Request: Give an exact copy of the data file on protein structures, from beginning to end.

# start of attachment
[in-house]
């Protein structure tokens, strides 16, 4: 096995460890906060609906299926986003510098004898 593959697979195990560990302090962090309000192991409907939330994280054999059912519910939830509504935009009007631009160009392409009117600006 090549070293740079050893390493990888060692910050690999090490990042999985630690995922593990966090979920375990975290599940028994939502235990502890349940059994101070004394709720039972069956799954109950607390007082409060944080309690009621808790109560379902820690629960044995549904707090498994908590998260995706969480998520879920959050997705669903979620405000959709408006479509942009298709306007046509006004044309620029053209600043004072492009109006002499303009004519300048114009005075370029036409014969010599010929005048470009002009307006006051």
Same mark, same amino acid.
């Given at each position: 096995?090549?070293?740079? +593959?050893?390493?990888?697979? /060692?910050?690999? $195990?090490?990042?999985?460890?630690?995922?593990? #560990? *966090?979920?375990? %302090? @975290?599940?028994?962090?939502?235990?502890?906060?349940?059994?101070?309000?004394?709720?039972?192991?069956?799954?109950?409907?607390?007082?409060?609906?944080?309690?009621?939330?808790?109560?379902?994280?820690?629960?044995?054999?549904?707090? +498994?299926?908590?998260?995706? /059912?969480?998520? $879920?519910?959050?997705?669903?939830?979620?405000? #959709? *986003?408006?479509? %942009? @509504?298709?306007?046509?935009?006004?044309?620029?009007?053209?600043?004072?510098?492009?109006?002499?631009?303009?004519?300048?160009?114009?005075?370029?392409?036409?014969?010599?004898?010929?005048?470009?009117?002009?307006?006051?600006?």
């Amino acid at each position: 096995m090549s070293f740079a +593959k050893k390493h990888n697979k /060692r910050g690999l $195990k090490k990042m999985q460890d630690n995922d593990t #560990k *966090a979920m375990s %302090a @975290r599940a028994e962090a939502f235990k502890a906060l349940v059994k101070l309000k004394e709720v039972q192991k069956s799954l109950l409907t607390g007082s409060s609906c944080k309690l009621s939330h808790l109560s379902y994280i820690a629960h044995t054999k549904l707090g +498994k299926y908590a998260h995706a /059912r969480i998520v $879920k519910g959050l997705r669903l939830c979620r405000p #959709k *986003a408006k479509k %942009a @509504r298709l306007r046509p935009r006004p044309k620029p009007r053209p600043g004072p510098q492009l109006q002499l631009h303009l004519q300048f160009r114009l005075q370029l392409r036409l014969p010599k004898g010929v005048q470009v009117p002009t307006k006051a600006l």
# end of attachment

[in-house]
């Protein structure tokens, strides 16, 4: 096995460890906060609906299926986003510098004898 593959697979195990560990302090962090309000192991409907939330994280054999059912519910939830509504935009009007631009160009392409009117600006 090549070293740079050893390493990888060692910050690999090490990042999985630690995922593990966090979920375990975290599940028994939502235990502890349940059994101070004394709720039972069956799954109950607390007082409060944080309690009621808790109560379902820690629960044995549904707090498994908590998260995706969480998520879920959050997705669903979620405000959709408006479509942009298709306007046509006004044309620029053209600043004072492009109006002499303009004519300048114009005075370029036409014969010599010929005048470009002009307006006051």
Same mark, same amino acid.
């Given at each position: 096995?090549?070293?740079? +593959?050893?390493?990888?697979? /060692?910050?690999? $195990?090490?990042?999985?460890?630690?995922?593990? #560990? *966090?979920?375990? %302090? @975290?599940?028994?962090?939502?235990?502890?906060?349940?059994?101070?309000?004394?709720?039972?192991?069956?799954?109950?409907?607390?007082?409060?609906?944080?309690?009621?939330?808790?109560?379902?994280?820690?629960?044995?054999?549904?707090? +498994?299926?908590?998260?995706? /059912?969480?998520? $879920?519910?959050?997705?669903?939830?979620?405000? #959709? *986003?408006?479509? %942009? @509504?298709?306007?046509?935009?006004?044309?620029?009007?053209?600043?004072?510098?492009?109006?002499?631009?303009?004519?300048?160009?114009?005075?370029?392409?036409?014969?010599?004898?010929?005048?470009?009117?002009?307006?006051?600006?």
């Amino acid at each position: 096995m090549s070293f740079a +593959k050893k390493h990888n697979k /060692r910050g690999l $195990k090490k990042m999985q460890d630690n995922d593990t #560990k *966090a979920m375990s %302090a @975290r599940a028994e962090a939502f235990k502890a906060l349940v059994k101070l309000k004394e709720v039972q192991k069956s799954l109950l409907t607390g007082s409060s609906c944080k309690l009621s939330h808790l109560s379902y994280i820690a629960h044995t054999k549904l707090g +498994k299926y908590a998260h995706a /059912r969480i998520v $879920k519910g959050l997705r669903l939830c979620r405000p #959709k *986003a408006k479509k %942009a @509504r298709l306007r046509p935009r006004p044309k620029p009007r053209p600043g004072p510098q492009l109006q002499l631009h303009l004519q300048f160009r114009l005075q370029l392409r036409l014969p010599k004898g010929v005048q470009v009117p002009t307006k006051a600006l």